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Isaac Bashevis Singer on Shabbat

Isaac Bashevis Singer on Shabbat

The Friday evening meal was over, but the candles were still burning in the silver candlesticks. A cricket chirped behind the stove, and the wick in the lamp made a slight sucking sound as it drew up the kerosene. On the covered table stood a crystal decanter with wine and a silver benediction cup, an engraving of the Wailing Wall upon it; near them lay a bread knife with a mother-of-pearl handle and a challah napkin, embroidered in golden thread.

The master of the house, still young, had blue eyes and a small yellow beard. His Sabbath caftan was not made of satin, as was the custom with the Hasidim, but of silk. He also wore a crisp collar around his neck and a ribbon that served as a tie. The mistress wore a dress with a design of arabesques and a blond wig adorned with combs. She had the face of a young girl: round, without a wrinkle, with a small nose and light-colored eyes.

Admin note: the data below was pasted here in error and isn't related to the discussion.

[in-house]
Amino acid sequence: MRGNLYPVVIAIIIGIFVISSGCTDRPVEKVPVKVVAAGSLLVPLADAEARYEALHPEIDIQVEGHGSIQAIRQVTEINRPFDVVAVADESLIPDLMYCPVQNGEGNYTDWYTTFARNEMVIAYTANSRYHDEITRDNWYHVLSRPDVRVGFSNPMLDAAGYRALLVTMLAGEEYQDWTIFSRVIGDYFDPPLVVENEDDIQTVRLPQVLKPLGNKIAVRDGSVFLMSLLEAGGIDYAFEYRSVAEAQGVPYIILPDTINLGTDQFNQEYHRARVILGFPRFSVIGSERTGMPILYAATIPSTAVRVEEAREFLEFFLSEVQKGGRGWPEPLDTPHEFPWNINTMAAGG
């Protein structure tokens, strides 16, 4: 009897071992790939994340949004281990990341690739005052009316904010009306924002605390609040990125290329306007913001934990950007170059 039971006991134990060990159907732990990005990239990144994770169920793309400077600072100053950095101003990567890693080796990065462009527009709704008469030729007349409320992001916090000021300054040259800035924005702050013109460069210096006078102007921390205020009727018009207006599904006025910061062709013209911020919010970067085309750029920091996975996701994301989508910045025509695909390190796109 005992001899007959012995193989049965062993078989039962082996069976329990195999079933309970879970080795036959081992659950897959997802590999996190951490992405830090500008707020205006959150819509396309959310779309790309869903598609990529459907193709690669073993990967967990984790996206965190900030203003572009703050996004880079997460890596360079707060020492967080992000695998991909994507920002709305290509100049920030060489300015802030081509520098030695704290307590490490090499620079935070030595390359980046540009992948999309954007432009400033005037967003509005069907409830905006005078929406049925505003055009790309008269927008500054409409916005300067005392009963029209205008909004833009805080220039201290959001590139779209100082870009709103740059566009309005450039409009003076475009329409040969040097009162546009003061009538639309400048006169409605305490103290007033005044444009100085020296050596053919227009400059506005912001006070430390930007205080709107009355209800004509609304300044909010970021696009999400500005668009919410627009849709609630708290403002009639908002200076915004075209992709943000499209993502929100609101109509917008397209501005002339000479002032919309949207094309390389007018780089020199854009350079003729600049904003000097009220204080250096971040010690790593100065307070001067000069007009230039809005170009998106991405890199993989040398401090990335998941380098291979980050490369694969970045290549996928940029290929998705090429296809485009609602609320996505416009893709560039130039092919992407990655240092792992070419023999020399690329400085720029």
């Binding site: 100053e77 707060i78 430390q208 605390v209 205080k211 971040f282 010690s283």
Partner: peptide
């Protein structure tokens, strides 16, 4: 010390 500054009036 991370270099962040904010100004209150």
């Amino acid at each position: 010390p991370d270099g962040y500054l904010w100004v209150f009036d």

Outside, the snow lay in great drifts, gleaming under the full moon. The frost was forever trying to paint a tree, a flower, a palm leaf, or a bush upon the windowpanes, but in the warmth of the room the patterns quickly melted away.

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